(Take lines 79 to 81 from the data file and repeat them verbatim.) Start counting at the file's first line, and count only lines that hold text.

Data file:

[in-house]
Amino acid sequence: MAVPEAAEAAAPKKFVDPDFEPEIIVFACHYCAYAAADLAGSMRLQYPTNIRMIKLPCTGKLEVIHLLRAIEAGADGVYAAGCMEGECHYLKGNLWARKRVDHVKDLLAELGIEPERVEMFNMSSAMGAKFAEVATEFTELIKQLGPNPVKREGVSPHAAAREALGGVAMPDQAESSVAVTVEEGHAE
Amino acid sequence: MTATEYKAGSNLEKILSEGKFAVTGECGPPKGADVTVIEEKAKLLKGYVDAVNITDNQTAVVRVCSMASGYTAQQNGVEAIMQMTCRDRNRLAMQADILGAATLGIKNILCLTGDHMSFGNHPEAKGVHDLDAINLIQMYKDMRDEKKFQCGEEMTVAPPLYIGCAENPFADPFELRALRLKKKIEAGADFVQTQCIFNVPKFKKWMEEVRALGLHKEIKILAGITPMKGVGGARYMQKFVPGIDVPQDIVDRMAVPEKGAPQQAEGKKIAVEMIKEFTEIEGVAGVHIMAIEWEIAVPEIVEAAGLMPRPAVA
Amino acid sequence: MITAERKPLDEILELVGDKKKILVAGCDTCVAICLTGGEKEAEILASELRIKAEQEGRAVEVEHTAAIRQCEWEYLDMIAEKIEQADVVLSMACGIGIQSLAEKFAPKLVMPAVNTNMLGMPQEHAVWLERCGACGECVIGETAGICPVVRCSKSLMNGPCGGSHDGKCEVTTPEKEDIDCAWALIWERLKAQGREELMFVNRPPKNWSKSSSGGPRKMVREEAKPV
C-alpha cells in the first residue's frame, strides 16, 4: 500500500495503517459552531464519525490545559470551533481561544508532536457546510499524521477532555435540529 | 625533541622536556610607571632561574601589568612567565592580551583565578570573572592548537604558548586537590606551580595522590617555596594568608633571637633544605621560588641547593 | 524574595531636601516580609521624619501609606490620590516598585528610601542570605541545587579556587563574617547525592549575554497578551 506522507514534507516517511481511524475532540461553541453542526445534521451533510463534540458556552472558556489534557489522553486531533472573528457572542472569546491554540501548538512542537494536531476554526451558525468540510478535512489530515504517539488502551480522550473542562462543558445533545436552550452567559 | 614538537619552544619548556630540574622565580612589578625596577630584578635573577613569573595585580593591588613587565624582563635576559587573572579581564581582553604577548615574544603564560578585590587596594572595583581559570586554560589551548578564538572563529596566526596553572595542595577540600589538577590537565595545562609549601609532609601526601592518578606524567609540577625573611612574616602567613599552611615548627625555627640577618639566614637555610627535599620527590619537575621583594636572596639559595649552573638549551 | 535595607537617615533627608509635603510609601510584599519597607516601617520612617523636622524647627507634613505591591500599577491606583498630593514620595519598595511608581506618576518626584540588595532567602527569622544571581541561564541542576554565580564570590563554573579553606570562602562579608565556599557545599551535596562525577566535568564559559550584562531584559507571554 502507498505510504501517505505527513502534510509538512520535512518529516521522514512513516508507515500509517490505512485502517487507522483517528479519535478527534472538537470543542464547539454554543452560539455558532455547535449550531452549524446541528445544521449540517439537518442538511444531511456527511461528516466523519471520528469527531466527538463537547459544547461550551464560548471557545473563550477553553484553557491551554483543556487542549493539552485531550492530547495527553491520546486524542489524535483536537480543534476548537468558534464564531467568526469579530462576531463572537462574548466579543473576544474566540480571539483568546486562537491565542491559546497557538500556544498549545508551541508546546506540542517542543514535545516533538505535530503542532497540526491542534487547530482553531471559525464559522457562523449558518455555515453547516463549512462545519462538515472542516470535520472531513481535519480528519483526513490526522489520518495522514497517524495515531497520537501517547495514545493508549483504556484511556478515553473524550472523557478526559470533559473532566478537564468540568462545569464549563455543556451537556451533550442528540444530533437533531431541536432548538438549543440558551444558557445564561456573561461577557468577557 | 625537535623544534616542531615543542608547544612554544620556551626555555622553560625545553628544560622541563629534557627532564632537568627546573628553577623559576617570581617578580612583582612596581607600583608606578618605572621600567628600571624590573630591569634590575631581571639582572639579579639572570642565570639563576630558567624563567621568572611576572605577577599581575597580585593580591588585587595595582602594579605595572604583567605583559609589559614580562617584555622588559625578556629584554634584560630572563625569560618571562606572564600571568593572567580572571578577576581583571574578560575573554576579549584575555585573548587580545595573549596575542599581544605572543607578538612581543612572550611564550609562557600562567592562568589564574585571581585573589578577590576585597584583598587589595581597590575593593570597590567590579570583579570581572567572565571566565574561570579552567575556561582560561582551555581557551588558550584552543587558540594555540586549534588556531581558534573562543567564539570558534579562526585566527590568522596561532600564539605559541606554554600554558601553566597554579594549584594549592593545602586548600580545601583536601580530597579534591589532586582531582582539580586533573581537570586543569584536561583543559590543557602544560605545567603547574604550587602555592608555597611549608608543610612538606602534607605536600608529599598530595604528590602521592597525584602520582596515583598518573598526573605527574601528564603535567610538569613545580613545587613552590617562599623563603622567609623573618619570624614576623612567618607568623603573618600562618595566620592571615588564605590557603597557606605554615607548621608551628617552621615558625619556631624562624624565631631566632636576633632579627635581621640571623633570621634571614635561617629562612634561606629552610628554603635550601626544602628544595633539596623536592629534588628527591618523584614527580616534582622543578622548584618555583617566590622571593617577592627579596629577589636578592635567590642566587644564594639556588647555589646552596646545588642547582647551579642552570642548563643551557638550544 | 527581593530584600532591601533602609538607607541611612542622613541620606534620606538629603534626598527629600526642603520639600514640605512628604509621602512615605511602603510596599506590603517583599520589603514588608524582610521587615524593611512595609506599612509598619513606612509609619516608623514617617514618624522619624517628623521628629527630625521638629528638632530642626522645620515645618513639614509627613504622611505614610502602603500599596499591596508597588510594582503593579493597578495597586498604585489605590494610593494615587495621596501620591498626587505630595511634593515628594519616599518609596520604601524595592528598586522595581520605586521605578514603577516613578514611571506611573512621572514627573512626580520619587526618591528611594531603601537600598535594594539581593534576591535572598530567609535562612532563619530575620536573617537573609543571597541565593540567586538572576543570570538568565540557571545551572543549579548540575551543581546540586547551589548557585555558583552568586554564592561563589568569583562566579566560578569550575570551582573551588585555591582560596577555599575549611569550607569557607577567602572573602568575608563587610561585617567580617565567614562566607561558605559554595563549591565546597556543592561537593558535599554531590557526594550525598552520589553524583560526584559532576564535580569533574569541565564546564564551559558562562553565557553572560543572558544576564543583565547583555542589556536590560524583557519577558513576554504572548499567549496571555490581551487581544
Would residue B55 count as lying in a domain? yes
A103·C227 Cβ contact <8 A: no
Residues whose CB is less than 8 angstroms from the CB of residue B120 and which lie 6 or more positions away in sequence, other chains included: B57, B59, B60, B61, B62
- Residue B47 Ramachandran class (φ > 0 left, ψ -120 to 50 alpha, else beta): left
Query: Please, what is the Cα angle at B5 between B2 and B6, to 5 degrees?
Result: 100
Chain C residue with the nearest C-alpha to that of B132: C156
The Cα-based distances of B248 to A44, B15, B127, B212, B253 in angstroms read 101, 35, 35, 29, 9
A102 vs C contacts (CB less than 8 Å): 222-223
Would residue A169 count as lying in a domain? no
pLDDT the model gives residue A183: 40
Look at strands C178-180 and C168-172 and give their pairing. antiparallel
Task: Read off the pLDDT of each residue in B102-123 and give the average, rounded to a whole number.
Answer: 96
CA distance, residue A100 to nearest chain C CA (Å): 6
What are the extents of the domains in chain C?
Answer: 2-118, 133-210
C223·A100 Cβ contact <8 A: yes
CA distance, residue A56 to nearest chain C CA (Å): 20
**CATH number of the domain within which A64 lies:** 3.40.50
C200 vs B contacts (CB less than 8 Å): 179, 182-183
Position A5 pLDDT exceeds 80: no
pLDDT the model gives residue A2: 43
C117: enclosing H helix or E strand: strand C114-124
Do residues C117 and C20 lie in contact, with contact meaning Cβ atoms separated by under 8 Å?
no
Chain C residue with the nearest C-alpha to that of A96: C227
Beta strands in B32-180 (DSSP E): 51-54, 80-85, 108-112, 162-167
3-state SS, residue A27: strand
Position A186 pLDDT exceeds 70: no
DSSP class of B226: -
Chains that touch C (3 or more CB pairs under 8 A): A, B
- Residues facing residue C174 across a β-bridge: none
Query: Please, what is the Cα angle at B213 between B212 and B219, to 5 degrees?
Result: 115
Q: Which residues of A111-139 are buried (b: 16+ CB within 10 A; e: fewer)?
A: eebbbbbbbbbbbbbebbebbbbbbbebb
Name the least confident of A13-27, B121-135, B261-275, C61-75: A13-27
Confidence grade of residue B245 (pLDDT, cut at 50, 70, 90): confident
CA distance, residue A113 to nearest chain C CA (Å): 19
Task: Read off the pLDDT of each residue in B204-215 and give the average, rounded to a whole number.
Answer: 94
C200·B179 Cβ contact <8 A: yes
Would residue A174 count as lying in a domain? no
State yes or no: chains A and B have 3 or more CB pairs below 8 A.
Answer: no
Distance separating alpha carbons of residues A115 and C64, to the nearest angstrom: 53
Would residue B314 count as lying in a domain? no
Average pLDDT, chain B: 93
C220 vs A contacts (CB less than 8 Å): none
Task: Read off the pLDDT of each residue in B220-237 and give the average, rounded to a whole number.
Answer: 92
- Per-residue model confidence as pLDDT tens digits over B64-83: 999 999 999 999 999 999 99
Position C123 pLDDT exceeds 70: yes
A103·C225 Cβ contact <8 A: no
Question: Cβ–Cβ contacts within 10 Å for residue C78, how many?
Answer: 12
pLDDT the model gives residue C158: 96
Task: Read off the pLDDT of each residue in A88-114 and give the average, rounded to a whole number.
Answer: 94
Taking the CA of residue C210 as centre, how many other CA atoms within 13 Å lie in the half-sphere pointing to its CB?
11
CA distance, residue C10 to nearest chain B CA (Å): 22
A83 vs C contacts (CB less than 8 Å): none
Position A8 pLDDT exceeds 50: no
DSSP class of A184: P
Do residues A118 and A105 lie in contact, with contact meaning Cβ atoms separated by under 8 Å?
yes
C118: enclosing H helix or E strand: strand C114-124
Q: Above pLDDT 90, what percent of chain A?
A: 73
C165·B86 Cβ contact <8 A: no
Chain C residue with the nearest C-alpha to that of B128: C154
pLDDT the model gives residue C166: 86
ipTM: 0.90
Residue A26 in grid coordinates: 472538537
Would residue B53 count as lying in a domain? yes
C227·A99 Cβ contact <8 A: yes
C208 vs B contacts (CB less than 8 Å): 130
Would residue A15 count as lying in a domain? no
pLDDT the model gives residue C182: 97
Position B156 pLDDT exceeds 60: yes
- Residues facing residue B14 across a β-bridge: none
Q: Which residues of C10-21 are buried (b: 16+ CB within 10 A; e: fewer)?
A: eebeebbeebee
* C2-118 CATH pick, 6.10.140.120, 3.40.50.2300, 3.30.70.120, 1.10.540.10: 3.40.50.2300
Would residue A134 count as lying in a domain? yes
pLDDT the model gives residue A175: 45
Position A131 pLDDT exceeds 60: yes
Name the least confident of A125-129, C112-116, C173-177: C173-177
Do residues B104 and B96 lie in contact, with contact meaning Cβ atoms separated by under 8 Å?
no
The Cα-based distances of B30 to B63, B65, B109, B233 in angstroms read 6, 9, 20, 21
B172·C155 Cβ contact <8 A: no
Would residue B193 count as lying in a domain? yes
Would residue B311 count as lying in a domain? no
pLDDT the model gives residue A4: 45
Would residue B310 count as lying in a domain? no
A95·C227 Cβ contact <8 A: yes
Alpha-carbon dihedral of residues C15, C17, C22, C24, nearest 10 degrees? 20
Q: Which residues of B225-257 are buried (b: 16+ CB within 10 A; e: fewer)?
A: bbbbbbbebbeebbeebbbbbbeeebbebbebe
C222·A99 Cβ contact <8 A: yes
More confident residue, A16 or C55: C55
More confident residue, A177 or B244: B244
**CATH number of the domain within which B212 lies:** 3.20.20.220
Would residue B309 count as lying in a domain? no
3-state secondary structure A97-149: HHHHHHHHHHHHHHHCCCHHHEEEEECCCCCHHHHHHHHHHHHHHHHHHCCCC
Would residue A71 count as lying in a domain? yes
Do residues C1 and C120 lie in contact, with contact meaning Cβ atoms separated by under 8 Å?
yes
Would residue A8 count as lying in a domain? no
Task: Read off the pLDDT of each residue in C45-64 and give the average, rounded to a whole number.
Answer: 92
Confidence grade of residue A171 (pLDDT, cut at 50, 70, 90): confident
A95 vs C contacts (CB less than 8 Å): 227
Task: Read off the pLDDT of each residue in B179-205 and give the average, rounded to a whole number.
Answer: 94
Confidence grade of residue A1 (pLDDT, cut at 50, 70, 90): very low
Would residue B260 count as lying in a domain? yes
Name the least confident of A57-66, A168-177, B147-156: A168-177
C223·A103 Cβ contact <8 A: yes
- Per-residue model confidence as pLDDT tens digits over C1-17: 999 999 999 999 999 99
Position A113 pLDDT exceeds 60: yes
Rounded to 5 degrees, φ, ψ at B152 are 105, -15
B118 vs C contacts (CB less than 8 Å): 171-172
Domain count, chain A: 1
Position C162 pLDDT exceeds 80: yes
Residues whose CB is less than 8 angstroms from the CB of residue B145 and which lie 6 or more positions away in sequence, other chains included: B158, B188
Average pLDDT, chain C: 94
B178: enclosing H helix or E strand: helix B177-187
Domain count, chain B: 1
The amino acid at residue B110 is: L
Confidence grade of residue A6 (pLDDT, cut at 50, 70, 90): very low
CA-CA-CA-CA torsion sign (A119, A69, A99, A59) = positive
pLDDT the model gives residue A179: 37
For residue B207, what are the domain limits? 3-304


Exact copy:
pLDDT the model gives residue C166: 86
ipTM: 0.90
Residue A26 in grid coordinates: 472538537